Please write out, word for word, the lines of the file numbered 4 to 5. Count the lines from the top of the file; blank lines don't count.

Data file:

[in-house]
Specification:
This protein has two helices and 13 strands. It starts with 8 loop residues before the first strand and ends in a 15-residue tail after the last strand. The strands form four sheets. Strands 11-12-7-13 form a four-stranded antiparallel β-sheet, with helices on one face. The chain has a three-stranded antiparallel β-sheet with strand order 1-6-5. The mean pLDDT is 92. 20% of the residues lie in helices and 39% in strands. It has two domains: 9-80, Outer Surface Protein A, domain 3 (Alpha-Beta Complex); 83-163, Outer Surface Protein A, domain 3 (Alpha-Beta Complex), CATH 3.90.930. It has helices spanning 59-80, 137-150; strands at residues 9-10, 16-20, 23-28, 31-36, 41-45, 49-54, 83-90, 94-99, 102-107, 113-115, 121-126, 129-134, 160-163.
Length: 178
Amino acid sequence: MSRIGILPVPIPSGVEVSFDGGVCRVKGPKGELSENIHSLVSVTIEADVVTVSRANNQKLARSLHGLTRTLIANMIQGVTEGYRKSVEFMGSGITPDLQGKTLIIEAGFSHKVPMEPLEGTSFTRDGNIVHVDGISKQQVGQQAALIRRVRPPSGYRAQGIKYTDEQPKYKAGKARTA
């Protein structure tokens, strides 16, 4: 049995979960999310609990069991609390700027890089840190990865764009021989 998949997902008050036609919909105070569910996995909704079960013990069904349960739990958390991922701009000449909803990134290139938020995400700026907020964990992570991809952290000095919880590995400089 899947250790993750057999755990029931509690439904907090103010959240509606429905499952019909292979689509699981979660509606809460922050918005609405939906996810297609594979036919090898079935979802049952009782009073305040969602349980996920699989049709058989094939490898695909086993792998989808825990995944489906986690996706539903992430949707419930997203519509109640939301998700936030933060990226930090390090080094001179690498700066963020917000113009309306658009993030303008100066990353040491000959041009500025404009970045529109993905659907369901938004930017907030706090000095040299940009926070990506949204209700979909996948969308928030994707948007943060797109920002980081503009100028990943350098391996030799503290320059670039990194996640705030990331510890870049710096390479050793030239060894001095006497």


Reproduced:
Length: 178
Amino acid sequence: MSRIGILPVPIPSGVEVSFDGGVCRVKGPKGELSENIHSLVSVTIEADVVTVSRANNQKLARSLHGLTRTLIANMIQGVTEGYRKSVEFMGSGITPDLQGKTLIIEAGFSHKVPMEPLEGTSFTRDGNIVHVDGISKQQVGQQAALIRRVRPPSGYRAQGIKYTDEQPKYKAGKARTA